The Missing Twilight

Originally titled, “A Satellite for All Seasons,” I wrote this science fiction short story for a creative writing class way back in 2011 based on an idea that I had years earlier.

The Missing Twilight

It seemed odd to Jim that there was no twilight. The rest of it, he didn’t think about so much. The thin atmosphere wasn’t a problem for him, and he didn’t even mind wearing the respirator for strenuous activities. The low gravity was something that bothered others, but Jim kind of liked being able to jump so high. There was also the fact that he could no longer survive back on Earth, even if there was some way for him to return. He had resigned himself to that particular problem even before he had started out on this adventure. Yes, it was definitely the twilight that bothered him the most, the visual passing of day to night.

There was an indoor simulation of the effect, but it was not entirely pleasing to most people. For Jim it seemed almost to offend the senses. He understood, of course, the reasoning for the sun to always burn. Even though this moon had its own geothermal heat source, the surface could never maintain an adequate temperature to support human life unless the sun was blazing constantly. Such was the reality of living this far out in the solar system. This, he supposed, was just one more thing that he would have to resign himself to. Perhaps tomorrow, or the next day, he would accept it. Today, he would mourn the loss of what seemed to be the most natural thing in the world, here in this decidedly unnatural one.


As Doctor James Pearson began his work the next morning there was a quietness among the staff. They seemed not to be their regular upbeat selves.

“Something going on today?” he asked the staff.

“Just some bad news from the first new field we’ve studied,” his lab assistant answered. “Nothing to be upset about, I’m sure.”

Jim knew the kinds of problems this news could bring if it wasn’t handled properly.

“I’d better look it over before I do anything else.” Jim was in no mood to open up a new can of worms without adequate reason. He sat down to examine the findings. Only time and persistence would tell him what he wanted to know.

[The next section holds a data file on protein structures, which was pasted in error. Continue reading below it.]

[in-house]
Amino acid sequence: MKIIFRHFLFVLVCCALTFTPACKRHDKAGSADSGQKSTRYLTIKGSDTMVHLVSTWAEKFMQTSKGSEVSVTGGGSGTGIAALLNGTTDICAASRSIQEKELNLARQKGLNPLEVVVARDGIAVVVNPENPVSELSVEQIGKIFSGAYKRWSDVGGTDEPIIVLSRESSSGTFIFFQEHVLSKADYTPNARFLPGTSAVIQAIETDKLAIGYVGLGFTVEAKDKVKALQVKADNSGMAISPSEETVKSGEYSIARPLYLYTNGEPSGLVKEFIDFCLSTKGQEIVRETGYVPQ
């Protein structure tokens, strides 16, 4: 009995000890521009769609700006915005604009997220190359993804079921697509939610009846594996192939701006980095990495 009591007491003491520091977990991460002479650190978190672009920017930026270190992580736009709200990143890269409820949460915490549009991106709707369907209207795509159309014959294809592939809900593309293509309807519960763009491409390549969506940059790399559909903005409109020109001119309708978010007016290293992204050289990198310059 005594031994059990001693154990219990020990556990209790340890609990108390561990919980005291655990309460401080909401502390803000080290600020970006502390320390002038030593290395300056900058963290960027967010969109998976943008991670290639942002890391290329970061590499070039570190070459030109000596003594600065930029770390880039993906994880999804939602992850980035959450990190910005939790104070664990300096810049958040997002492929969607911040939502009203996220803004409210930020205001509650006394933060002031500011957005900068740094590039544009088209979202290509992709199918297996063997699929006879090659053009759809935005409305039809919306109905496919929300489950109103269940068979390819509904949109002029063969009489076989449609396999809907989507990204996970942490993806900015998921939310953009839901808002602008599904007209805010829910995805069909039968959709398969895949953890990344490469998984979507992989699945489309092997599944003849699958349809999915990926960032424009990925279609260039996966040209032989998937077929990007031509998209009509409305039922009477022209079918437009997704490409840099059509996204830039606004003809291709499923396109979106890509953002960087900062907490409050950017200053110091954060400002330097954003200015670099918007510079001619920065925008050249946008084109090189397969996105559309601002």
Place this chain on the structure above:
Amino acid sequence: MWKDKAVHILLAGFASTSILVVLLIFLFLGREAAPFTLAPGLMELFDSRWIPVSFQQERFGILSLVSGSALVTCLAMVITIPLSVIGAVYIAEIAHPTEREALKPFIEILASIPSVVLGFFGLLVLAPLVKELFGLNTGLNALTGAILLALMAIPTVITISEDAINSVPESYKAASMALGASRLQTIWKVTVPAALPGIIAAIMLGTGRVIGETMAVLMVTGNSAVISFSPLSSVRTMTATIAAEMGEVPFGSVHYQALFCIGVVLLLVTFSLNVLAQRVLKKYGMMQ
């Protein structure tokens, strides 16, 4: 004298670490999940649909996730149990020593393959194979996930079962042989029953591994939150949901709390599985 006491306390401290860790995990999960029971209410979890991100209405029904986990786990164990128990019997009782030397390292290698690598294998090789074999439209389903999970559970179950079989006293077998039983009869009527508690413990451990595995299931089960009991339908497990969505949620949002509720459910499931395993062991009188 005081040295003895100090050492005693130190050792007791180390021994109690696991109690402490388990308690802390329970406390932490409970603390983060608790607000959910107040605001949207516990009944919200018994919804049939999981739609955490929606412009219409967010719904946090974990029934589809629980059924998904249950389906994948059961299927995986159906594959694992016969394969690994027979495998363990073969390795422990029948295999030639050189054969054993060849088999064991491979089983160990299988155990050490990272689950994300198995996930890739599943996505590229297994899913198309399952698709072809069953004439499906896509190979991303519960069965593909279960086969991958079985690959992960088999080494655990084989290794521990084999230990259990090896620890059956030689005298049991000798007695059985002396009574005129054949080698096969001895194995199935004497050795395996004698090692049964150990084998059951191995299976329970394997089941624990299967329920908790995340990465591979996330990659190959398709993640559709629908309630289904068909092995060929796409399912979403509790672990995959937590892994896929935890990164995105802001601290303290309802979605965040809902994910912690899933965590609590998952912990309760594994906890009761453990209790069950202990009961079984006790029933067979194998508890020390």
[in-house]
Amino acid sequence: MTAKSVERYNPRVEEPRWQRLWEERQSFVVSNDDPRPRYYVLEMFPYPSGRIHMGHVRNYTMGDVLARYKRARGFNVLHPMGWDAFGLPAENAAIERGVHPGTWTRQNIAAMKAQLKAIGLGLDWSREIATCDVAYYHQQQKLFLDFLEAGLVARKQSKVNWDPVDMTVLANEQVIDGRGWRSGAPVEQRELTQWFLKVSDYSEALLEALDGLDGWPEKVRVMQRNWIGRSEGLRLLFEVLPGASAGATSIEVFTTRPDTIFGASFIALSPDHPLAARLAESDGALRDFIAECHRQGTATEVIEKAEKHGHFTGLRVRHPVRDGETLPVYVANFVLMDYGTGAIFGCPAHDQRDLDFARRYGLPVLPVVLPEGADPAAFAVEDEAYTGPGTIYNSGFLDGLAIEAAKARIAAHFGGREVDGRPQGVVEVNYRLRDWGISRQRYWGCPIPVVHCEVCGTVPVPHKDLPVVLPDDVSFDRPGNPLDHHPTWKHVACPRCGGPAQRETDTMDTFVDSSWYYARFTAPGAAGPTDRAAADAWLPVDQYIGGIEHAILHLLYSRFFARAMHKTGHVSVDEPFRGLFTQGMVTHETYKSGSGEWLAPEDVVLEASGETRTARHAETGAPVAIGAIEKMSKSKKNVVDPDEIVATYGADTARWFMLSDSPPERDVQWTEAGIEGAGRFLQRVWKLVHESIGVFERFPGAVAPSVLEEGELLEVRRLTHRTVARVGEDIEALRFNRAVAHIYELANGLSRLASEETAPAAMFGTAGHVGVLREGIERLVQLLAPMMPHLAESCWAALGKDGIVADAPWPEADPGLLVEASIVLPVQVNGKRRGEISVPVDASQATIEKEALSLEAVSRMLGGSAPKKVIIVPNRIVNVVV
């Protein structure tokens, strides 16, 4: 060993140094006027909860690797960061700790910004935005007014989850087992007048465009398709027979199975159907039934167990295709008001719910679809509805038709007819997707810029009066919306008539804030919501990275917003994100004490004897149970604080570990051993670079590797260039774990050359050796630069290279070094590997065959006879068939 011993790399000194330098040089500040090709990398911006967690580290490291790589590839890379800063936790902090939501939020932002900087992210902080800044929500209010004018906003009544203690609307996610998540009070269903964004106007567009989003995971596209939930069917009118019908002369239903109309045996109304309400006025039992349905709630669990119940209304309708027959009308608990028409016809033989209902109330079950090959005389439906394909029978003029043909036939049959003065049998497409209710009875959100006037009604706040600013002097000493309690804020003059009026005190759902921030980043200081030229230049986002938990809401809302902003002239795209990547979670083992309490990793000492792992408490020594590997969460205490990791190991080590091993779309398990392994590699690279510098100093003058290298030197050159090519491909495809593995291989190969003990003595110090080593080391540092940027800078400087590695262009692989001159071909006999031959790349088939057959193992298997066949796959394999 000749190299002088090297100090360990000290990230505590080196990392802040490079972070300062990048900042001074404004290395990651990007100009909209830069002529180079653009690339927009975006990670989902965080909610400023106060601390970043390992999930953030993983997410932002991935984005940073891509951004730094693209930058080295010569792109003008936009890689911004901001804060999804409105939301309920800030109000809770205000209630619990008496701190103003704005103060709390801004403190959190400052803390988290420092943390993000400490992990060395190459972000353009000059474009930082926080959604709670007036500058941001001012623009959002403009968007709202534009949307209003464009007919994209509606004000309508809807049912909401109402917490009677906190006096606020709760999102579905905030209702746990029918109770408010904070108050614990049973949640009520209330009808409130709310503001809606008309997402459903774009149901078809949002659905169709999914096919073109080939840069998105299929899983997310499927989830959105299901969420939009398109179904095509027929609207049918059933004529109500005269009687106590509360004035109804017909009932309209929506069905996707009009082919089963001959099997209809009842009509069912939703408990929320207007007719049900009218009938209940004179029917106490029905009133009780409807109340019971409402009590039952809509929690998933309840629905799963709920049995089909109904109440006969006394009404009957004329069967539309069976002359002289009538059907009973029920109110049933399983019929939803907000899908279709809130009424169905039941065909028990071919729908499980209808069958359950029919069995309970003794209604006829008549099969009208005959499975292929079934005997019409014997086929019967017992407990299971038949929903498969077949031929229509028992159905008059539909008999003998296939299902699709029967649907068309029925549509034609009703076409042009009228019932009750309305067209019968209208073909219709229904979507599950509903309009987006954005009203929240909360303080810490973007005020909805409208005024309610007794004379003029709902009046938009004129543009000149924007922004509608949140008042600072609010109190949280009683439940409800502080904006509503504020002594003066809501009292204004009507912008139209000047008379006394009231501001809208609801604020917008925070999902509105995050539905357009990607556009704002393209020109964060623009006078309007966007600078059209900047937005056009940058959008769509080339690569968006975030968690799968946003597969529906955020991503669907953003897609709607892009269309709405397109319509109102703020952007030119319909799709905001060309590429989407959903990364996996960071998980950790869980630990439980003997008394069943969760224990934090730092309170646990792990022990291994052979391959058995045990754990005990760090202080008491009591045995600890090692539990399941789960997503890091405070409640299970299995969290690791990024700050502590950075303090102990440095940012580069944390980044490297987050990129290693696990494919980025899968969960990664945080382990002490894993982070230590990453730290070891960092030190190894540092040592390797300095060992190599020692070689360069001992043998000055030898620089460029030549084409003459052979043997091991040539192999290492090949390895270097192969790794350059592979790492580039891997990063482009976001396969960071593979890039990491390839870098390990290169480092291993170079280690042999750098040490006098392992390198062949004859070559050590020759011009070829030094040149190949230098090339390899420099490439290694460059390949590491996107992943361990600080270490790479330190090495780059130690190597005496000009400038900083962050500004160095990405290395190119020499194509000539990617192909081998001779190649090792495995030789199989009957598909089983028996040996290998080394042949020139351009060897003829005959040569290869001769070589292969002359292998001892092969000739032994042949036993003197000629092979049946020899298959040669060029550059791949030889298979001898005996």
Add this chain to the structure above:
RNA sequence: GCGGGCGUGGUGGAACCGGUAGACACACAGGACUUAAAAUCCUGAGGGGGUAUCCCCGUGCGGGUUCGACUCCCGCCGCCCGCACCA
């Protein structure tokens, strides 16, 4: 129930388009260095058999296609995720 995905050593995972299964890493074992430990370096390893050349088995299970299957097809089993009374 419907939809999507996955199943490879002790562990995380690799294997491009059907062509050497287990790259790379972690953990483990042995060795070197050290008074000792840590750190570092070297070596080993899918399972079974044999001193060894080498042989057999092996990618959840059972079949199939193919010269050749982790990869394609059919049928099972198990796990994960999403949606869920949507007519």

Jim considered himself fortunate to be a part of this colony. In what was supposed to become a completely self-sustaining settlement, there were only so many positions available. While Jim was certain he could have lived out his days on Earth with no less satisfaction than he had now, he felt like taking part in this colonization project made him part of something bigger, something far more important than the every-day.

Besides, most agronomists on Earth rarely achieved the recognition he had received here. Agriculture on Earth has become refined to the point where there was little left to do other than to maintain the current status. Here, there was an opportunity to conduct real research. There was also the added benefit that he didn’t have to involve himself in power management or waste reclamation. Anyhow, this report he was looking over was not good news. This was the kind of news that could bring an end to a project such as this. He would have to tell the director himself.


Director Thomas Calhoun’s office was cold and utilitarian, as was most of the compound. Built from pre-fabricated materials shipped directly from the Earth’s moon, this building and every other one in the colony was built in the same style. The walls were bare, but there was one picture frame standing on his desk, a photo of his wife and son.

“I’m not happy to hear this news of course,” said the director. “In fact, if you had brought this to me much sooner we would have had a major issue. As it is, we may have to do some adjusting, but since we’ve made it past the first checkpoint, I don’t think this will put the mission in jeopardy.”